Course Title: 20th Century American History Course Number: AMH 2020
Credit Hours: 3.0 Quarter Credit Hours
Prerequisite: None Term: Fall 2018
Instructor: Ron Ziegler Time: MW 10 - 11:15 AM
Instructor Email: RonaldGordonZiegler@yahoo.com Instructor Phone: 321-805-2507
Course Description: A survey of the events of the modern era of American history. This course begins with the Spanish American War, the watershed of the 20th Century, and covers the political, social, and diplomatic developments including the populist movement, World War I, The Treaty of Versailles, the Jazz Age, the Great Depression, the New Deal, World War II, the Atomic Age, the Cold War, the Korean and Vietnam conflicts, the information age, civil rights and feminism.
Prerequisite: None.Major Course Outcomes for AMH 2020:
Objectives: Upon successful completion of the course, the student will be able to:
Discuss and explain the Progressive Era within American society.
Understand and describe the different cycles of the economy and its effect on our politics.
Discuss the rapid rise of science and technology.
Explain the advancing concepts of war from the Spanish American to the current conflict.
Compare and contrast the philosophies of different types of government, from dictatorship to Oligarchy, to democracy in relation to the Cold War.
Explain the concepts of diversity as it relates to our society.
Text: American History text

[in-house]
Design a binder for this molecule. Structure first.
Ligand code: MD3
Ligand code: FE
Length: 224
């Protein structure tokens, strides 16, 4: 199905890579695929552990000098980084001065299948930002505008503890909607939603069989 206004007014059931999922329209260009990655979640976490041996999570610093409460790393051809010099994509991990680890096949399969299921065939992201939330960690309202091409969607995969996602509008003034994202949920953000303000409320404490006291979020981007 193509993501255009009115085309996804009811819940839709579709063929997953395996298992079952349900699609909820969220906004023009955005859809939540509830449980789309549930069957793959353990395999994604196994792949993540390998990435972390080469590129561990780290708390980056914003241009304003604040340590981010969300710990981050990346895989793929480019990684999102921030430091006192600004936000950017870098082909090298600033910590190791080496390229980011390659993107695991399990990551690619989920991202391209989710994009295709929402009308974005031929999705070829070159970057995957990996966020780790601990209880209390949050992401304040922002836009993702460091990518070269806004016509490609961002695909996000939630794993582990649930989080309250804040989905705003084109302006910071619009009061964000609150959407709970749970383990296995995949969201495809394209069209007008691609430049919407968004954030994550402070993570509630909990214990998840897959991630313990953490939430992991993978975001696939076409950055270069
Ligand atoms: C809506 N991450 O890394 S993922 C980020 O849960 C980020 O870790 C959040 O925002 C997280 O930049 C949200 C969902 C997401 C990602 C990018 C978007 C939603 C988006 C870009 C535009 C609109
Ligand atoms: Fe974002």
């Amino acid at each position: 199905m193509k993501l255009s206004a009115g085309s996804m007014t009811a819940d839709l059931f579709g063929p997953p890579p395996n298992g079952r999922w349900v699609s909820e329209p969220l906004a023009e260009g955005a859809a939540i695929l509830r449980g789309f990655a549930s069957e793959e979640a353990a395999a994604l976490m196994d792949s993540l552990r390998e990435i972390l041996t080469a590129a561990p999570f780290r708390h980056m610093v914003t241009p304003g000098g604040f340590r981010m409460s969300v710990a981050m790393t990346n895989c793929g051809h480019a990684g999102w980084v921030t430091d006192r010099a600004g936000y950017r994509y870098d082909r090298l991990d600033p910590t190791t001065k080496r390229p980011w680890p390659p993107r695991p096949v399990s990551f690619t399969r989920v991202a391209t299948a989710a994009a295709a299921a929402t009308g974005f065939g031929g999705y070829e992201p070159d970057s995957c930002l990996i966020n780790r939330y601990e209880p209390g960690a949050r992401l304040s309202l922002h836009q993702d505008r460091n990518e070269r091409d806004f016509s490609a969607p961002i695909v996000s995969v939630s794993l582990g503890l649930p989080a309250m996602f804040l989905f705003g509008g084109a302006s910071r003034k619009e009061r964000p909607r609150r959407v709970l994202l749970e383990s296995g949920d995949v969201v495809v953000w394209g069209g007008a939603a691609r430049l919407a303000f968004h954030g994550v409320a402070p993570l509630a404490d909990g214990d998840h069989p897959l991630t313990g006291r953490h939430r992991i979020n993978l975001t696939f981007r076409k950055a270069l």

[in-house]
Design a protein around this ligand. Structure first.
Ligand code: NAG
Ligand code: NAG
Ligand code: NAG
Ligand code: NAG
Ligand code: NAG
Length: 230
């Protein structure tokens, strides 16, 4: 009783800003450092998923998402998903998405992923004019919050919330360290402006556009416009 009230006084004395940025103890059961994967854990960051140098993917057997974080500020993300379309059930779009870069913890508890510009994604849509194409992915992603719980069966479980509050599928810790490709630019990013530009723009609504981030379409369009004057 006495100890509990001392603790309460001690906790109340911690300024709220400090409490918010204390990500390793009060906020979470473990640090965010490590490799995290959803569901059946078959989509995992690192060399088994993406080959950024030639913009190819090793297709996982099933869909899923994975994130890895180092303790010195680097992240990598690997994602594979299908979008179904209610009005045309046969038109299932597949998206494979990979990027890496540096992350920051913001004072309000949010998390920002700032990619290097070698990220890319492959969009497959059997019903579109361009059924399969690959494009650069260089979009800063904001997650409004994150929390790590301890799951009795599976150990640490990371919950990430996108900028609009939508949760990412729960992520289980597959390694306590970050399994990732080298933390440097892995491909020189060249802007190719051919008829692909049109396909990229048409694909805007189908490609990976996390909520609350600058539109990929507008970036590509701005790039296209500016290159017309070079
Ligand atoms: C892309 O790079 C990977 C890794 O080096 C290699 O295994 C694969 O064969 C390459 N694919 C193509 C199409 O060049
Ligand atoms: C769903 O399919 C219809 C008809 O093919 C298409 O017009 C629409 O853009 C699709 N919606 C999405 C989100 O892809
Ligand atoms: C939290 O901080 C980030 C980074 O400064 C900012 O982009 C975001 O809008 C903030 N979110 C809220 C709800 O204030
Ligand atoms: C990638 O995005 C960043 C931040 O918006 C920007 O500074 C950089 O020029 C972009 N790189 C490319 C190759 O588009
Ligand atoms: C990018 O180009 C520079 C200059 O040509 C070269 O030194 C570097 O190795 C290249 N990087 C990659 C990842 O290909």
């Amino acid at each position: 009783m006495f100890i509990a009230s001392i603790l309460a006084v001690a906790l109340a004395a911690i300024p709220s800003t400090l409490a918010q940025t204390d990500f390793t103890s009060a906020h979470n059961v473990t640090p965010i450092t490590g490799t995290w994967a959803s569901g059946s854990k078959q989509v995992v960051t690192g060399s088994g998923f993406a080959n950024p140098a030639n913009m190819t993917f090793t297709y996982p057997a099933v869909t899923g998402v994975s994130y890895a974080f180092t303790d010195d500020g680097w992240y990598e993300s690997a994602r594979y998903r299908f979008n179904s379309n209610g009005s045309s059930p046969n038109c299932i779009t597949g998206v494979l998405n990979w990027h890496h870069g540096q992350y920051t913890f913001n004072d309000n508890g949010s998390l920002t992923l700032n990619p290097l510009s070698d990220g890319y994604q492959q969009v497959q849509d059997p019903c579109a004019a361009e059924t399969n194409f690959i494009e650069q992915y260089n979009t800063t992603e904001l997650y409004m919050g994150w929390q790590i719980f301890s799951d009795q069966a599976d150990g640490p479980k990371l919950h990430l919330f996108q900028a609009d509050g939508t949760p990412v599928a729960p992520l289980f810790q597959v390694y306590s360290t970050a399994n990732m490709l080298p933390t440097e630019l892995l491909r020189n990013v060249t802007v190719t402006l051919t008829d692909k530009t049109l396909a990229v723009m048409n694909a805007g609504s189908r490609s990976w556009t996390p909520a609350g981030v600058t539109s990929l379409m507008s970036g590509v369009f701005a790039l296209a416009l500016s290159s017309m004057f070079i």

Instructional Methods: The course will be taught through a series of lectures, group discussions, in class exercises, library research. Guest speakers, when available, will be invited to share knowledge and experience.
Resources: Additional resources including magazines, newspapers, journals, and periodicals may be used by the instructor and the student. Students are strongly encouraged to use the resources of the college library to enhance their overall learning experience.
Attendance: Students are expected to attend every class meeting and will not be allowed to do makeup work unless approved by the instructor.
20th Century American History
R. Ziegler/Fall 2018/Valencia College/Poinciana Campus
MW 10 - 11:15 AM AM
Schedule of Work
---------------------------------------------------------------------------------------------------------mon 8/27 Syllabus Review, Course Requirements
200 word commentaries on one article each you select at www.heritage.org or one from www.cato.org
mon 12/3 read Ch 59 and 60 Reagan Revolution, It's Reagan's Economy, Stupid
wed 12/5 *Great Global Warming Swindle
mon 12/10 Final Exam due this week (with book review and Eyes on the Prize
* denotes in class video
Your grade in class will be an average of the 7 grades you earn on each of these
3) Four Article Reviews (2 from Independent Review due with midterm and one each from Heritage and Cato due with final)
4) Eyes on the Prize (500 word comment on each due with final)
5) Book Review due with final
6) History of Rock n Roll 3 videos (200 word comment on each due with final)
BOOKS for Review
Select one of the following to read
Write a 100 to 200 commentary/review of each chapter to submit with Final